Saturday, April 18, 2015

Preview: Lots of Medicaid-eligible Pennsylvanians re-enrolled in QHPs

I have drafted and am now shopping an article positing that tens of thousands of Pennsylvanians who renewed private plan coverage on for 2015 are now eligible for Medicaid -- and so, theoretically at least, are ineligible for the private plan subsidies they obtained last year and are counting on this year. Pennsylvania launched a "private option" Medicaid expansion (now in process of being converted back to traditional Medicaid) effective Jan. 1, 2015.

Here's the calculation.  Of the roughly 318,000 Pennsylvanians who were enrolled in private coverage via as of May 1, 2014, probably about 30% are eligible for Medicaid. That is roughly the percentage of of private-plan enrollees in non-expansion states on who would have been eligible for Medicaid if their states had expanded (that is, the percentage of enrollees with incomes between 100% and 138% of the Federal Poverty level).  If Pennsylvania enrollees' income profile roughly matched that of all the non-expansion states in aggregate, there were about 95,000 Medicaid-eligibles within that original group. Yet the number of Pennsylvanians who re-enrolled in private coverage for 2015 was just shy of 279,000 -- less than 40,000 fewer than the peak enrollment total.

Some detail here that I'll leave out of the article: By the time open enrollment for 2015 began on November 15 there had likely been some enrollment attrition -- though probably not much, given Pennsylvania's high May-to-March retention rate. We know that attrition in all ACA markets combined was about 16% by October, as HHS eventually announced that enrollment had dropped from just over 8 million as of May 1 to about 6.7 million by that point. But there was lots of variation. Some states provided enrollment updates in the off-season, and thanks to Charles Gaba's careful tracking we also know that at least a couple of them had gained enrollees by October, while others had lost very few. Given that Pennsylvania's March 2015 re-enrollment total was only about 39,000 below its May 2014 total, attrition by the time open enrollment began for 2015 was probably slight. If it matched the national rate, re-enrollments as of March would exceed enrollment as of April.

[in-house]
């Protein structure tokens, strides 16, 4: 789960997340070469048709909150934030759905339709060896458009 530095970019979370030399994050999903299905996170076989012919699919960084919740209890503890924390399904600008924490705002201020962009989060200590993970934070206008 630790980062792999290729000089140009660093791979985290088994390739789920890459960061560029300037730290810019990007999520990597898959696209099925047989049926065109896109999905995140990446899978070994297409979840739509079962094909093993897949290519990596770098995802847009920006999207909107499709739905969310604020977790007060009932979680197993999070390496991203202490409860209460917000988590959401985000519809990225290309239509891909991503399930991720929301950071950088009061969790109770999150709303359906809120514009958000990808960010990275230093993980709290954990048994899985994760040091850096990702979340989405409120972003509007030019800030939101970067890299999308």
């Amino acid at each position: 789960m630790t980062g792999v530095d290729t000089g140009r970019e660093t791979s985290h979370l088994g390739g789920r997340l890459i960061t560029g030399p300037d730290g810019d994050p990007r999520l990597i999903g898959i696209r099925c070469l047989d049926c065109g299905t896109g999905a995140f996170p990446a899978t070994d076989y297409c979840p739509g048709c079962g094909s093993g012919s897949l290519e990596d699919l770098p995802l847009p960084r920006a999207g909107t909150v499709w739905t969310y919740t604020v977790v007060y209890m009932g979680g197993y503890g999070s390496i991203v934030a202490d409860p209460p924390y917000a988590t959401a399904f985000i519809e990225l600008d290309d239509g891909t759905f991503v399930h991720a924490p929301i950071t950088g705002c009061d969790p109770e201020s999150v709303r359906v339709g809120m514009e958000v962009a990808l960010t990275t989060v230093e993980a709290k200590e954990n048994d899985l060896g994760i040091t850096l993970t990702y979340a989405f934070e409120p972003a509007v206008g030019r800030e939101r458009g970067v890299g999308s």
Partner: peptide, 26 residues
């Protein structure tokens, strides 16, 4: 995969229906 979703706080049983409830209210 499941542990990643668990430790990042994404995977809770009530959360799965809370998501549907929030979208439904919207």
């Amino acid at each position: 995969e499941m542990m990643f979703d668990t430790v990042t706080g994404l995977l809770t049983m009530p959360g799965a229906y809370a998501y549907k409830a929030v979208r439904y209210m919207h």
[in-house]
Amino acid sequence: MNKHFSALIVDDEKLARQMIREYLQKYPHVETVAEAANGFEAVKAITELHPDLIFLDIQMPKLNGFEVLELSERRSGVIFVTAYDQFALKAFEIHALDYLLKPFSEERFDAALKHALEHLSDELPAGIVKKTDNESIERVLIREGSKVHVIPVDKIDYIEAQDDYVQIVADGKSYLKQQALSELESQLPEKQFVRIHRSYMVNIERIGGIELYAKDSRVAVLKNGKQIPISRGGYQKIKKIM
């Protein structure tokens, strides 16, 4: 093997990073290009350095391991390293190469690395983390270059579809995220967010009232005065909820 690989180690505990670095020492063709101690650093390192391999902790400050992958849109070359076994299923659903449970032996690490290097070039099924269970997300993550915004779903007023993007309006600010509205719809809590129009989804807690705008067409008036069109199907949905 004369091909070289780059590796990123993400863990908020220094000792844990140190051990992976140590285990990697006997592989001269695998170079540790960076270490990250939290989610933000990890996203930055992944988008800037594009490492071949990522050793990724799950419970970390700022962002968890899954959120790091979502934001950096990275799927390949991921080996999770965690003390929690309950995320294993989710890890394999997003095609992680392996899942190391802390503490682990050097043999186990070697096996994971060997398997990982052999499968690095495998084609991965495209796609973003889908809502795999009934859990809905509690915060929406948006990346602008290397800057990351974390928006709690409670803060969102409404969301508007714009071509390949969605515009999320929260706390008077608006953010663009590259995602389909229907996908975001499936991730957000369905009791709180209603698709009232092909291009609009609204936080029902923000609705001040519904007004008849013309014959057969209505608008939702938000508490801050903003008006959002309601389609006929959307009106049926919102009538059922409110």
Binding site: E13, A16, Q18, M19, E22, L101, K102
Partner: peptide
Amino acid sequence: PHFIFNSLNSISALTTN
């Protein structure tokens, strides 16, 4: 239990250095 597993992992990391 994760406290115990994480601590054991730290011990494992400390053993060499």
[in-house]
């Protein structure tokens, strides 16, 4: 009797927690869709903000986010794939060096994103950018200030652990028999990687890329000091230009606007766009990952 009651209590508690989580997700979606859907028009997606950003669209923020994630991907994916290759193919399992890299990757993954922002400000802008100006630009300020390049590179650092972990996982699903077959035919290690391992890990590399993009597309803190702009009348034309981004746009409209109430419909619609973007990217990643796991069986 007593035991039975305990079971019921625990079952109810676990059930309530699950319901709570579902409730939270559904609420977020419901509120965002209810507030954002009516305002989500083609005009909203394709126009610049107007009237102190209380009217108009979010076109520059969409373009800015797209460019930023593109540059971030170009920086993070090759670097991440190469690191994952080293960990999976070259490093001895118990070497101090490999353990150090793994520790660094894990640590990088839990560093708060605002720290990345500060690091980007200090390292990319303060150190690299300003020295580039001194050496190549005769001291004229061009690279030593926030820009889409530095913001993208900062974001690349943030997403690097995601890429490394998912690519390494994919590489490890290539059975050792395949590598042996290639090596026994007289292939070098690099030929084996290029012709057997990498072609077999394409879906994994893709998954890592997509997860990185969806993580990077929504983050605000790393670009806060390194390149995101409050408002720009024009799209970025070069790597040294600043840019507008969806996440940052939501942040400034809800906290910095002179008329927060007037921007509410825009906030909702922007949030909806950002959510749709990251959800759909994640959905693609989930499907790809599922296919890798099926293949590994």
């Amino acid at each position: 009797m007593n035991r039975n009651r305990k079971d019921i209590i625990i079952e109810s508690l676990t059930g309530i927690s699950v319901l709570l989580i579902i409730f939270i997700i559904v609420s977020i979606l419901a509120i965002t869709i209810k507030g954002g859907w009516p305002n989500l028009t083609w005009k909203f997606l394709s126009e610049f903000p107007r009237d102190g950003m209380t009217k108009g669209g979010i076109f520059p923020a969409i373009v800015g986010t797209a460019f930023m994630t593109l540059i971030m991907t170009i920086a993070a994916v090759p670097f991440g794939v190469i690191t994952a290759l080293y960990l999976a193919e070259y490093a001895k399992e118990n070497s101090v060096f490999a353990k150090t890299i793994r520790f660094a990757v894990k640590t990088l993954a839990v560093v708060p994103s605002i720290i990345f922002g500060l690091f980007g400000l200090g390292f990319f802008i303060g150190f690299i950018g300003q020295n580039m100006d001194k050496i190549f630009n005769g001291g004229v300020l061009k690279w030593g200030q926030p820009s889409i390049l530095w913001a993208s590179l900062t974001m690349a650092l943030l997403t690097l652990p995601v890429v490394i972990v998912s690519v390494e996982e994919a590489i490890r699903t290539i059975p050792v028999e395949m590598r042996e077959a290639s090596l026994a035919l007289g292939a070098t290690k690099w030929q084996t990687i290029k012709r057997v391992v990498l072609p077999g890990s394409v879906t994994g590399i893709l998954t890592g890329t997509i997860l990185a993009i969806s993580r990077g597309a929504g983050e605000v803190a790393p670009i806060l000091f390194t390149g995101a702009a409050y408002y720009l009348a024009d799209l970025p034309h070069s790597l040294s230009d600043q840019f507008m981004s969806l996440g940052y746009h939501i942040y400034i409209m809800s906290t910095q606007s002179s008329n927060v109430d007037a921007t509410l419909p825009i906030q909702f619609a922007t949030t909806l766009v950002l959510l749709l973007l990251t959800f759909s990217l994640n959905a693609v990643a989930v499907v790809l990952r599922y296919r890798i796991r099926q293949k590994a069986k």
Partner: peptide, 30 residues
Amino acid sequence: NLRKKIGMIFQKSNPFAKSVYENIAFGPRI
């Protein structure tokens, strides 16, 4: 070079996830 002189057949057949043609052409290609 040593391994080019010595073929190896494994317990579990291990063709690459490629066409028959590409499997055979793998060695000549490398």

Let's posit, then, that there were 300,000 private plan enrollees in Pennsylvania by the end of 2014, and 90,000 of them were Medicaid-eligible.  Only 21,000 dropped private coverage. Even if there was no attrition, only 39,000 dropped coverage. That's a problem.

One further caveat. My premise that 30% of enrollees in non-expansion states were between 100-138% FPL (and thus Medicaid-eligible) is based on HHS reporting that 47% in those states were in the 100-150% FPL range. Again, we don't know the income breakdown specifically for Pennsylvania. But in 2014, Pennsylvania's subsidy-eligible buyers had the lowest bronze plan selection rate of any state in the nation -- an astonishing 5% --  and one of the highest silver plan takeup rates, 82% (behind only Alabama, Mississippi, and Tennessee). That suggests a high percentage of low-income buyers, because low-income buyers have to select silver to access Cost Sharing Reduction subsidies -- and if they don't select silver they're almost certain to select bronze, because gold and platinum are too expensive and, thanks to CSR, worth less than silver plans for those below 200% FPL.

It's therefore possible that the percentage of Pennsylvania's private plan holders with incomes under 138% FPL is even higher than in  non-expansion-state average. On the other hand, Pennsylvania markets also featured a very cheap silver plan, well below the benchmark second-cheapest silver, that rendered silver more affordable than in most states (that windfall is gone this year).  

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